Thankfully we haven’t had some terrible emergency involving Andrew since he was born, but there was a still a time when I was constantly terrified. Believe it or not the scariest moments of my life as a new mom was when I was released from the hospital after giving birth.
While I was still in the hospital there were several times I called the nurses in because I was freaking out about something. For example, Andrew was sneezing a lot and I was worried he was already getting sick. They assured me that he was fine and sneezing is just a way for babies to clear out their nasal passages. Then I was on the verge of a meltdown because Andrew wouldn’t stop crying and I had no idea why. After talking with a nurse for a while we decided giving him a pacifier was the best option, and of course it worked immediately.
Having a team of nurses able to help at any moment put my mind at ease. I had almost no experience with babies except for my niece, and I didn’t even get to see her that often when she was a baby. My nurses have not only been trained to handle so many different situations, they also had years of hands-on experience. They always seemed to know just what to say to keep me calm, and that is no easy feat.
I tried to ask any question I could think of during my hospital stay, but of course there was no way I would think of everything. I could feel my anxiety growing as it got closer and closer to my time to be released. By the time I was signing the discharge paperwork my hands were shaking. The one thought that kept running through my head as I walked to the car was, “Are you all seriously trusting me with this baby? I’m just winging it here.”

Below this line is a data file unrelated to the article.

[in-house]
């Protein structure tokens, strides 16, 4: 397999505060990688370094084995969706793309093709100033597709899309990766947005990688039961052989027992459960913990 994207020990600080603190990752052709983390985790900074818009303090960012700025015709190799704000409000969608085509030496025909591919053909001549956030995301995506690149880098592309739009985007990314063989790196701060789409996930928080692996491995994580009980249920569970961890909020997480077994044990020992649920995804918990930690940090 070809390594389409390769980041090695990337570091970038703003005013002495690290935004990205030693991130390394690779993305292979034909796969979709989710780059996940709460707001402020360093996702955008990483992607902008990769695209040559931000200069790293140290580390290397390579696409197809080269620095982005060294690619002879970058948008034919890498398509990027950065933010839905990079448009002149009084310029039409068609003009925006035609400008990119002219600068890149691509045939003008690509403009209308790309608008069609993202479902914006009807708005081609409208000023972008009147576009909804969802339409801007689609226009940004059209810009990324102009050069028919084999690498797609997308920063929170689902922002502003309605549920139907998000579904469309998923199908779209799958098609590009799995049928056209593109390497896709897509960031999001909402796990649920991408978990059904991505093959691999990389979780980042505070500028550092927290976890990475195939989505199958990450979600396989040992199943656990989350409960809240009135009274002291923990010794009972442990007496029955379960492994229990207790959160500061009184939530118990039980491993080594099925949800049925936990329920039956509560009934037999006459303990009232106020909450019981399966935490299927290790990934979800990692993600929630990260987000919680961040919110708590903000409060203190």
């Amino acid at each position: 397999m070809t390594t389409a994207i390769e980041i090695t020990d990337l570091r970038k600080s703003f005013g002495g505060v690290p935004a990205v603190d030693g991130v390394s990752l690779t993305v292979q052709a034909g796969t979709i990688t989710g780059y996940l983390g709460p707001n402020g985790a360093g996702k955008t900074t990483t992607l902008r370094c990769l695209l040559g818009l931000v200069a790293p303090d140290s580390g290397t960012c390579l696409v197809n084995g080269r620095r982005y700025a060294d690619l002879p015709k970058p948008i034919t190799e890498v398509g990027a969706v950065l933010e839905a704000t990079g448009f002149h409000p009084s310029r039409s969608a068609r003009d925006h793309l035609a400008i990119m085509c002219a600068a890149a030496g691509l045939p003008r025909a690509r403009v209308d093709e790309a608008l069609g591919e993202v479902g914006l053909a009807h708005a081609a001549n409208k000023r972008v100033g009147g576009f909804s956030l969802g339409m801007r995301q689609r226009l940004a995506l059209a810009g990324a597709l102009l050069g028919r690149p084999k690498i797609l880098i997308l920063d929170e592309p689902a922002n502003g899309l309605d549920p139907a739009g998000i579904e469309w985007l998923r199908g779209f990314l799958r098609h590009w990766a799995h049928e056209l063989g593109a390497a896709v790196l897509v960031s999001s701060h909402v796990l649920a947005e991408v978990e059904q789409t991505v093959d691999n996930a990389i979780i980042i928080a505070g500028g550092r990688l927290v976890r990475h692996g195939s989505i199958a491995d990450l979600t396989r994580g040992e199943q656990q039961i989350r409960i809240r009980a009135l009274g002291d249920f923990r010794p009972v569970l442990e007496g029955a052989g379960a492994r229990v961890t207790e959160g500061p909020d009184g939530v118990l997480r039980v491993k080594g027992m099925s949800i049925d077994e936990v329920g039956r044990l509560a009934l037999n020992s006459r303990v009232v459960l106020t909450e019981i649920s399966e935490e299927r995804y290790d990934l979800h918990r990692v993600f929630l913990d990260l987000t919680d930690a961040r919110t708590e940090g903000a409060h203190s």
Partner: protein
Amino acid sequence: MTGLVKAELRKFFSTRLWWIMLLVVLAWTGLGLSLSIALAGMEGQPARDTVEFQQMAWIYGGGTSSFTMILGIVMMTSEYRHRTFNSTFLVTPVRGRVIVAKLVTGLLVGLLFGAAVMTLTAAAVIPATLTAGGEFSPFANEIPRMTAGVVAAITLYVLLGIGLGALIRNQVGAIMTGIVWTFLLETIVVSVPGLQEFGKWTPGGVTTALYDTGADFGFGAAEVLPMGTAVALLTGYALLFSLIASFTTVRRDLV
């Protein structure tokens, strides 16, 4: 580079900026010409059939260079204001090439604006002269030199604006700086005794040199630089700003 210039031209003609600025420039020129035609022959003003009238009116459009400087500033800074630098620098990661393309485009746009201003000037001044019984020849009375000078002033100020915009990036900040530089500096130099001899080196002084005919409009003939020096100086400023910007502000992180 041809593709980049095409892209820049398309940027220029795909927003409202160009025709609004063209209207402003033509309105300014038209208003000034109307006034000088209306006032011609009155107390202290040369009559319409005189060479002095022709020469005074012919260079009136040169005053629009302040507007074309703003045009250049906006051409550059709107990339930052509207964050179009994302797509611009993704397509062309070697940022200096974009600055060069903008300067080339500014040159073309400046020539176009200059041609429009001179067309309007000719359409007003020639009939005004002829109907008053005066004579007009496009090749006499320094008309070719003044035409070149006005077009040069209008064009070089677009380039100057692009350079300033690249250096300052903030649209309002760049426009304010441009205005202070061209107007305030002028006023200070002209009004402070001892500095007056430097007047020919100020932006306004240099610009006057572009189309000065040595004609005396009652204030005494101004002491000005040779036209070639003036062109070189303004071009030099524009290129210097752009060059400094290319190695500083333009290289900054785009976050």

Despite the fact that I was surrounded by friends and family for another couple weeks that were very helpful with Andrew, I was still terrified. I had multiple meltdowns when it was just Andrew and me. The first sleepless night for Andrew had Anthony and me about to pull out our own hair. Andrew was crying for hours, and nothing we tried worked. I felt like a terrible mother and ended up crying right along with him. (It turned out that he just had a very bad case of gas that night.)
I wasn’t prepared for an infant to be the scariest thing I have ever had to face. I just thought about how cute babies are, all the diapers I would have to change, and how exciting it will be to watch my child grow. I knew there would be times when Andrew would cry for long periods of time, but I didn’t realize how much it would hurt me emotionally if I couldn’t soothe him right away.
Even though I knew not every child is the same, I didn’t realize a lot of my parenting would involve guessing. I have to guess why he’s crying. I have to guess how much formula he is hungry for and still able to keep down. I have to guess how to get him to go to sleep because he fights it constantly. Guessing means you don’t know something, and not knowing something when it comes to your child is terrifying.
Now that I am past being scared of my son, I figured it was time to tell people about it. If you are or have ever been scared of your newborn, just know that you aren’t alone. It’s okay to be afraid. What matters is that you are willing to face those fears for the sake of your child. It will be tough, but if you surround yourself with people who love and support you, it won’t be so bad.